Monday, 21 January 2013

Siren Song - A Book Review

 Note: A review copy of Siren Song was provided to The Muse's Library, courtesy of  author, B.A Blackwood.

When word nerd Ariel Robinson goes away to college in Montana, she thinks her biggest worries will be mastering calculus, dealing with the cold-enough-to-build-an-igloo winters, and keeping an eye out for “the one”, or at least someone who’ll make her heart beat triple time with a single glance just like the bare chested heroes in her mom’s romance novels.
Instead, she discovers she’s been lured to Montana State by warring Fallen Angels who believe her mother stole a powerful relic from them called the Piece of Home that they’re willing to kill to get back. As Ariel races against time to figure out what the Piece of Home is, why they think she has it, and where it might be, she uncovers chilling secrets about her parents that she’d give anything to unlearn, and finds that no one can be trusted, not even those who claim to be protecting her.

To start with, let me say that I really enjoyed this book. I practically breezed through it, scribbling notes while I went. I was finished in a few hours. A fun, easy read. That said, I sincerely think the cover of this book may be the kiss of death for this series. I'm not normally one to “judge a book by the cover"- to borrow the old and tired colloquialism – but this one leaves something to be desired. The chunk of rock set against the black background really didn't inspire confidence when I pulled it out of the package. But all it took was the first page, and I was hooked. Sadly, today’s reader may not even give a book that chance, if the cover doesn’t catch their eye.

What I liked about it:
I loved the character of Ariel. She’s fun, engaging, witty. My husband asked me a couple times while I was reading, “what are you smiling at?” and I had to read a few paragraphs to him when I laughed out loud. There’s a word definition at the beginning of each new chapter that pertains to the contents of the story, and I found this quite clever and fun. I also loved the slang-talking goblin, Barnaby.

I had a few problems with the plot (which I’ll expand on later) but there were a few clever twists that caught me off guard. In the end, Ariel proves to us that she’s not another wet noodle YA heroine, in an epic showdown that leaves the reader satisfied.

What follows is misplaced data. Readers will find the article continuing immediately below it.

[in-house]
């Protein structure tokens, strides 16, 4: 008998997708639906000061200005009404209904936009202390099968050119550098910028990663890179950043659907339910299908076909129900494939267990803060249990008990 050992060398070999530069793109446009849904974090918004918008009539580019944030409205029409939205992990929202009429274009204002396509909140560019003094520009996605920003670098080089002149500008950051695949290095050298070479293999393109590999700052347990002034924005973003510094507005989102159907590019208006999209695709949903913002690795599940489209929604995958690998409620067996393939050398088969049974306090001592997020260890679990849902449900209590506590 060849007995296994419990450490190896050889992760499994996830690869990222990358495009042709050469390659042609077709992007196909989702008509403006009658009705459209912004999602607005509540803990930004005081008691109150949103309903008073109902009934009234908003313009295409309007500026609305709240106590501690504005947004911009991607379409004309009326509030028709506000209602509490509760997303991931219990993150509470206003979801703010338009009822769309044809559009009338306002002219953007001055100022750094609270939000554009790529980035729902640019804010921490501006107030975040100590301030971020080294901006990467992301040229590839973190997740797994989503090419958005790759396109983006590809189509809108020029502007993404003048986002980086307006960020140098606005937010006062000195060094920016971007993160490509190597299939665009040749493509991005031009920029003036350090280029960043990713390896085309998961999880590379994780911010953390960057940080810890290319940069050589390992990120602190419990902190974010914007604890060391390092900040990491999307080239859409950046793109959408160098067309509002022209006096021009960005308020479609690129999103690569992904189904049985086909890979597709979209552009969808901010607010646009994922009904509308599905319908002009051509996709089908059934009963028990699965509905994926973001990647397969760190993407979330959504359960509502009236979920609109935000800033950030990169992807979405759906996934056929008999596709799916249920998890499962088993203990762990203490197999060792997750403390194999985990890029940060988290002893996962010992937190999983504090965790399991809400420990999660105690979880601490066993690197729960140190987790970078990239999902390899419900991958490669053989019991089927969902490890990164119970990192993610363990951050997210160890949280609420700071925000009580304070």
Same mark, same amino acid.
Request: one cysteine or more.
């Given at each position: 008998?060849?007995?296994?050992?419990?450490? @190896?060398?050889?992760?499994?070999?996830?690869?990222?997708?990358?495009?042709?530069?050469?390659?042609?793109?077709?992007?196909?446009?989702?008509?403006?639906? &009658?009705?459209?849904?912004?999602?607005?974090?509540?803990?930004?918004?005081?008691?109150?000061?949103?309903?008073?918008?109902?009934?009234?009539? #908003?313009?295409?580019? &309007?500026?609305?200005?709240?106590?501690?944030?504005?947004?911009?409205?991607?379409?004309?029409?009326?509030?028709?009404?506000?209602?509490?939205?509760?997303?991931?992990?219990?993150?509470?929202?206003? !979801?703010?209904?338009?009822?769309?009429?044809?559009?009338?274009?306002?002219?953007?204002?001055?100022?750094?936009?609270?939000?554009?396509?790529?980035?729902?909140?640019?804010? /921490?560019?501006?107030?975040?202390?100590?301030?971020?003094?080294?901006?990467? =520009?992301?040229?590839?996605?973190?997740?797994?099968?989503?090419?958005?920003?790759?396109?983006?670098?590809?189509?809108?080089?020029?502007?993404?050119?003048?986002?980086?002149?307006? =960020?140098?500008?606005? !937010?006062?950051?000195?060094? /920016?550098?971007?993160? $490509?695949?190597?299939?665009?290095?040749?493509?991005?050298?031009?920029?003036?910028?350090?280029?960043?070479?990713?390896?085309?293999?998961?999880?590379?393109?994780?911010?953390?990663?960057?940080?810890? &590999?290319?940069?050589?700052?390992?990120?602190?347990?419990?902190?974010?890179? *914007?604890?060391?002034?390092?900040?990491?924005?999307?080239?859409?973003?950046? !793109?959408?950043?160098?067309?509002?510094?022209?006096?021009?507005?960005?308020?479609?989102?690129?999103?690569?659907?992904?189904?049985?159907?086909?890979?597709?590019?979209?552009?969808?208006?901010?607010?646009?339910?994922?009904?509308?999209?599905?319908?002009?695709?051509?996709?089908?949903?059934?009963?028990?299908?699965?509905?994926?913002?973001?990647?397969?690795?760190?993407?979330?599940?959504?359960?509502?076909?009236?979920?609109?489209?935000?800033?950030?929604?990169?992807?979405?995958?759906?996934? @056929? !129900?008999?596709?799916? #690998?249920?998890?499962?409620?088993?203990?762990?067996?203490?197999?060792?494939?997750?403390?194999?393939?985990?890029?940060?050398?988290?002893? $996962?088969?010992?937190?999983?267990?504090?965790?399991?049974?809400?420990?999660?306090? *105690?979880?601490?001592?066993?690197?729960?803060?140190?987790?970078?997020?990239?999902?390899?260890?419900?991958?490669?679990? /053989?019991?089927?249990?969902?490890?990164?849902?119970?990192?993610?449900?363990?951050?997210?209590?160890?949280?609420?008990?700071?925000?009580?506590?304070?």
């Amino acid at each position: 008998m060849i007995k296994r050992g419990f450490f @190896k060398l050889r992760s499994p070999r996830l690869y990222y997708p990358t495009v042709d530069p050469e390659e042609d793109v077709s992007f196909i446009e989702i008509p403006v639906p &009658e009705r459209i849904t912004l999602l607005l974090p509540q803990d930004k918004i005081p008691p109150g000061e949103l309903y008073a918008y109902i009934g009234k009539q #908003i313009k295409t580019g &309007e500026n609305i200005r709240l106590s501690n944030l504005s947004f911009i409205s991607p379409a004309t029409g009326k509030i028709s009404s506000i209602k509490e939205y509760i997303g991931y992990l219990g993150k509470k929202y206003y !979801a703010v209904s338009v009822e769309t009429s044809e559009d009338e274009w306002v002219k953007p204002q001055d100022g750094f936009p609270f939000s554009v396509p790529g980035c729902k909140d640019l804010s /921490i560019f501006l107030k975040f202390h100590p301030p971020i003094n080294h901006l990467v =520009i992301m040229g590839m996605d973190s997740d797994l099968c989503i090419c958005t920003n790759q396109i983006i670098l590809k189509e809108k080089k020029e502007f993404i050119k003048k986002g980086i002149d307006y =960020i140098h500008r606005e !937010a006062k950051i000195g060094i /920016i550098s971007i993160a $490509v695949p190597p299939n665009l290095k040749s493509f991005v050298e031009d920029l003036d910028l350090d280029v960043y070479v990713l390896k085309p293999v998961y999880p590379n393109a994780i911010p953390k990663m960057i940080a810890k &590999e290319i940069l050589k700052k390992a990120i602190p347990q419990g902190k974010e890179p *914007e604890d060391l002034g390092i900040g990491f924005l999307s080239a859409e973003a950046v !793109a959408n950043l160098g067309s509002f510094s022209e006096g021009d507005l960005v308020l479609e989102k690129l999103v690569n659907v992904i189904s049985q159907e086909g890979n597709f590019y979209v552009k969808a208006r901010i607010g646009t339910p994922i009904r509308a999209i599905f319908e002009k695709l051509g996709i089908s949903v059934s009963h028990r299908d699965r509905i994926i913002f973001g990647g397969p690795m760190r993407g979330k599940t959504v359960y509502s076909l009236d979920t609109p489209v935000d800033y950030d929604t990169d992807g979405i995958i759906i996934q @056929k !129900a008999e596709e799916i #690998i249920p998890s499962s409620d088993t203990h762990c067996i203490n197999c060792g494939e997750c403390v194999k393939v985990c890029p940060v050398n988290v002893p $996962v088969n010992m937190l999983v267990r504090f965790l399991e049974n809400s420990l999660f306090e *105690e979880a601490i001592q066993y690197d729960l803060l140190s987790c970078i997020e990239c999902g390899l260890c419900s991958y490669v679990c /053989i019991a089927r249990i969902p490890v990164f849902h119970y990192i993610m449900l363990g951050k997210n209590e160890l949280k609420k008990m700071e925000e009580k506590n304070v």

And it wouldn't be a review without a remark on the prose: B.A Blackwood’s writing is smooth and effortless to read. She also portrays a young adult point-of-view very well.

What I didn't like about it:

I really only had two main problems with the plot: One is that there’s a time were the story is sort of suspended and we can’t move forward because Ariel can’t remember exactly what the bad guys wanted (and why they were attacking her). This left me incredulous, because when the reader can plainly remember what it was they said (I think they said it at least twice when they attacked) then the information seems obvious. The fact that they want the “piece of home” is hardly a mystery, since it says so on the back of the book even. I know that occasionally the reader is privy to knowledge that the character doesn't know, but this was a case of the character “forgetting”. It slipped her mind apparently. To me, this didn't ring true. I think if someone was attacking me and demanding I give back, “the piece of home”, I’d remember later.

The other thing was Michael. To be frank, I didn't like him one bit. First he’s described as a “greek god” - and frankly, I'm very tired of perfect love interests – and then he turns all “bad boy”, which I'm also very tired of, since I read a string of constant YA and it’s a theme that comes up repeatedly. There’s a reason for the bad boy transformation, and we find out later. He does end up redeeming himself in the end, but I still hated him. Everything is cleared up in the last few pages, but by then it’s too late for me personally, I still spent the entire book hating him, and I didn't end up changing my mind on the last page, even though he explained himself.

In Conclusion:
So, is this book worth buying? I’m going to give it a resounding…Yes. I really did enjoy reading Siren Song, the narration was clever and amusing. An enjoyable, easy read. Not to mention, I learned quite a few new words!

I give Siren Song an 8 out of 10 on my bookshelf!

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